1. An ICD or a PM is not absolutely necessary just because you have HCM (hypertrophic cardiomyopathy). I was diagnosed with HCM for 8+ years and never had anything done - no ICD, no PM no meds, except for a regular annual check-up with the full works (ecg, echo, x-ray, blood test etc) . Doc told me to live life normal until symptoms surfaced (an eventuality).
2. Arrythmia and a-fib symptoms surfaced which led to medication for 2 years and which eventually led to a PM implant to help manage the a-fib.
3. Although I was told an ICD may also be yet an eventuality, that time has not yet come.
4. By all means get a EP opinion and most of all trust your body and ask what are these symptoms that you are experiencing now that prompt your doc to suggest a ICD as an urgent preventive measure, presumably from CHF (congestive heart failure).
5. Since the Pm I have never had any problems with magnetic fields just passing through. I have walked through countless airport security detectors, wanded over the PM site, security doors, wireless networks, use a variety of telecommunication devices and visited telecommunications towers etc and I never felt anything adverse. However each person may be affected differently.
6. Keeping your job naturally is important to you. It is more so especially if you are to get an ICD. Normally your current insurance coverage offered by the company should continue after the implant. You may want to check this out. It is important to do this as getting new insurance after the implant has proven to be very diffcult

Wish the best for you in your decision.

Optional ICD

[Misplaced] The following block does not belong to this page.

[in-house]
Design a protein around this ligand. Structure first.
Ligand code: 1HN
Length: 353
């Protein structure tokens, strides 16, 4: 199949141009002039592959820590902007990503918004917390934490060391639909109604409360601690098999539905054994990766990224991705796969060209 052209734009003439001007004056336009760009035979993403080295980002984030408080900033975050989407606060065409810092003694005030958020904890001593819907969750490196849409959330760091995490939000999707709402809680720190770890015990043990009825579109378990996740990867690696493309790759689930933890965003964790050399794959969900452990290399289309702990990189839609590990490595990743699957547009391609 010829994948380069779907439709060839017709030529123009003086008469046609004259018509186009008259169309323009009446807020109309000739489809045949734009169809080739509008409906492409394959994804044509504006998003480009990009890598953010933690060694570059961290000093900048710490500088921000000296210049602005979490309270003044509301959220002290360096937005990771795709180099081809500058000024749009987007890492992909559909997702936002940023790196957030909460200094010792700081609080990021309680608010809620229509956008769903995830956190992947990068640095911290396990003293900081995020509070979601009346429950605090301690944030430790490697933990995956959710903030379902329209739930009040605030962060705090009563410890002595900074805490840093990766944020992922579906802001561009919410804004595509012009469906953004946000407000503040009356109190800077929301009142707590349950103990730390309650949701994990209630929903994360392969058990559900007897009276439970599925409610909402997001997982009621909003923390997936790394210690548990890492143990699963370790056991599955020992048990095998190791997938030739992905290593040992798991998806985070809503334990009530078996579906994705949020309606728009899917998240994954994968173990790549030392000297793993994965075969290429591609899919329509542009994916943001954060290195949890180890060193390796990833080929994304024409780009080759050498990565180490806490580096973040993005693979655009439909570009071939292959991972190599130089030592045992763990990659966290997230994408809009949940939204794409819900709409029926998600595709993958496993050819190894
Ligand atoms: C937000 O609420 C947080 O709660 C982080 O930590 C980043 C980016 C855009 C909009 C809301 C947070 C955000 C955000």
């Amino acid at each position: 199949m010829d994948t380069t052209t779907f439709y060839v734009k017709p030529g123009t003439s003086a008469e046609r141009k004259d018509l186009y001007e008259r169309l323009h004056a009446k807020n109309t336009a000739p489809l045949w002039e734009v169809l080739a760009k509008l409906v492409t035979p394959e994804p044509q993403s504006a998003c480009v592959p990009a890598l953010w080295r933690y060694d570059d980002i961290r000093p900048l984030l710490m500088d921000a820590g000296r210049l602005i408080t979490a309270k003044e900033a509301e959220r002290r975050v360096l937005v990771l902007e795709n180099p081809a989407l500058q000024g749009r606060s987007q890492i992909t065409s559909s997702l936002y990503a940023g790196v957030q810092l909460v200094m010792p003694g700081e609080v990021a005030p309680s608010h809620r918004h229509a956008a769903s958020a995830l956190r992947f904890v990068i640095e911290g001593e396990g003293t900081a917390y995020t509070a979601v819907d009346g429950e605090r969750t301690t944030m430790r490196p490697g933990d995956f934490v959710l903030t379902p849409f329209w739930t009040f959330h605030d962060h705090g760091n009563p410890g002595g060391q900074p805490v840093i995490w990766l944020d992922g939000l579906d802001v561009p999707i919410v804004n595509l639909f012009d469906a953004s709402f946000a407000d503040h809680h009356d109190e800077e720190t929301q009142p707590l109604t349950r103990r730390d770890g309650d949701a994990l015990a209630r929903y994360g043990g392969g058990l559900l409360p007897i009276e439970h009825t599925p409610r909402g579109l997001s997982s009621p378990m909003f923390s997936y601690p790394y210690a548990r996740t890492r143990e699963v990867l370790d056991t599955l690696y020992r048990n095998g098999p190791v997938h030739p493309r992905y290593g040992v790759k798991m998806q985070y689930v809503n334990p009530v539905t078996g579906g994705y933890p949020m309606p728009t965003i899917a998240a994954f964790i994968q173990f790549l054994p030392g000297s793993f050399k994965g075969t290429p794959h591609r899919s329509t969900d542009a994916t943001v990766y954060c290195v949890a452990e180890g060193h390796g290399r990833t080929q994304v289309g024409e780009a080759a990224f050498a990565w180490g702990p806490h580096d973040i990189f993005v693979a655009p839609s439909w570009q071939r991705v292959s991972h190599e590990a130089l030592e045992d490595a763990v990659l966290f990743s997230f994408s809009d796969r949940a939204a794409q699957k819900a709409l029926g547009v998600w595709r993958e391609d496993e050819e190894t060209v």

by ElectricFrank - 2008-07-30 02:07:08

Have you pursued the issue of needing an ICD with more than one doc? There are some who only recommend one if you have experienced some sort of event. At the other extreme I have seen articles where they are recommended for anyone who has even the slightest arrhythmias.
So it is really a matter of what your risk tolerance is. If you don't get one and are wrong, you will only be aware of your mistake for 15 seconds or so.
By the way an ICD has more potential for being seriously affected by interference than a pacemaker. With the ICD the effect of interference can well be having it deliver an unneeded shock where with the pacemaker you might not even notice a skipped or extra beat. An unexpected shock could be hazardous around some types of machinery.



by Thunderdrummer - 2008-07-30 03:07:55

I don't see there would be a problem. I am around lots of musical gear al the time that for sure puts out magnetic field. You can find out from your doctor if he feels that it is a bad idea to still work there. I would just make shure that i was fully recoversd and go to work and pick different routs if you can and see how you feel. That is the biggest thing.



by truetom1 - 2008-07-30 05:07:58

Thanks to all that replied.
your replies have eased my mind a bit. I have been digonoised with hcm for 4-5 years now (hereditary) I have been told by 2 diff. dr. that I am high risk for sudden death and that the recommend an icd. I have been putting it off but seem to be having more symtoms as I get older, light headed, shortness of breath,tired more easily. I think I will go with the ep test and if they still recommend an icd I go ahead and get one. I guess I will put it in the lords hands.. what happens happens. Thanks for all your advice and thoughts.